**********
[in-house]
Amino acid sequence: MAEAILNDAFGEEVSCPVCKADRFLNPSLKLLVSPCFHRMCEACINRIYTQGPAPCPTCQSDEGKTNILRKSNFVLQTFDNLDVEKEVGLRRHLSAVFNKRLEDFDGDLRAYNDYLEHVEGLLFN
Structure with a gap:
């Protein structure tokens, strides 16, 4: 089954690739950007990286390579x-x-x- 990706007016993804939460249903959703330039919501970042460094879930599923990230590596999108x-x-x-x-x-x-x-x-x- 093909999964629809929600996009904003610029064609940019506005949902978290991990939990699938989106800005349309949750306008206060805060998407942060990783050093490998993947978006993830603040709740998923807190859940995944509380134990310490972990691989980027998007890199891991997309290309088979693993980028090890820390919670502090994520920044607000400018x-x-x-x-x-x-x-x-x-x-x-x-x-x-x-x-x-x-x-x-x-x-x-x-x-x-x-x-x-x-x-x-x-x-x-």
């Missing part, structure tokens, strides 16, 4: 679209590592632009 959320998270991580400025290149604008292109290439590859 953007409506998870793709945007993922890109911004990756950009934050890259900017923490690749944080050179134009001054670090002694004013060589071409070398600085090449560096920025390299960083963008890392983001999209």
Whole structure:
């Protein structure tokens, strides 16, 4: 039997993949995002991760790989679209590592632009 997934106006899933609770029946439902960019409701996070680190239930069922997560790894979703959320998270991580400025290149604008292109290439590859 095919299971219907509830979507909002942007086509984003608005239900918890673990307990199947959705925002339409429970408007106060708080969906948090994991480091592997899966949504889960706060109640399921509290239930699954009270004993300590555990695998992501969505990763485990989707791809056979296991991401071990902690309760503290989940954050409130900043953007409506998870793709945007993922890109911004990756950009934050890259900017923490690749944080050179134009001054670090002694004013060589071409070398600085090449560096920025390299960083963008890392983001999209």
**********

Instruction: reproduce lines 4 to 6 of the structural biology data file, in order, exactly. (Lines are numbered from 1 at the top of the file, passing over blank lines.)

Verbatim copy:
């Protein structure tokens, strides 16, 4: 089954690739950007990286390579x-x-x- 990706007016993804939460249903959703330039919501970042460094879930599923990230590596999108x-x-x-x-x-x-x-x-x- 093909999964629809929600996009904003610029064609940019506005949902978290991990939990699938989106800005349309949750306008206060805060998407942060990783050093490998993947978006993830603040709740998923807190859940995944509380134990310490972990691989980027998007890199891991997309290309088979693993980028090890820390919670502090994520920044607000400018x-x-x-x-x-x-x-x-x-x-x-x-x-x-x-x-x-x-x-x-x-x-x-x-x-x-x-x-x-x-x-x-x-x-x-």
């Missing part, structure tokens, strides 16, 4: 679209590592632009 959320998270991580400025290149604008292109290439590859 953007409506998870793709945007993922890109911004990756950009934050890259900017923490690749944080050179134009001054670090002694004013060589071409070398600085090449560096920025390299960083963008890392983001999209």
Whole structure: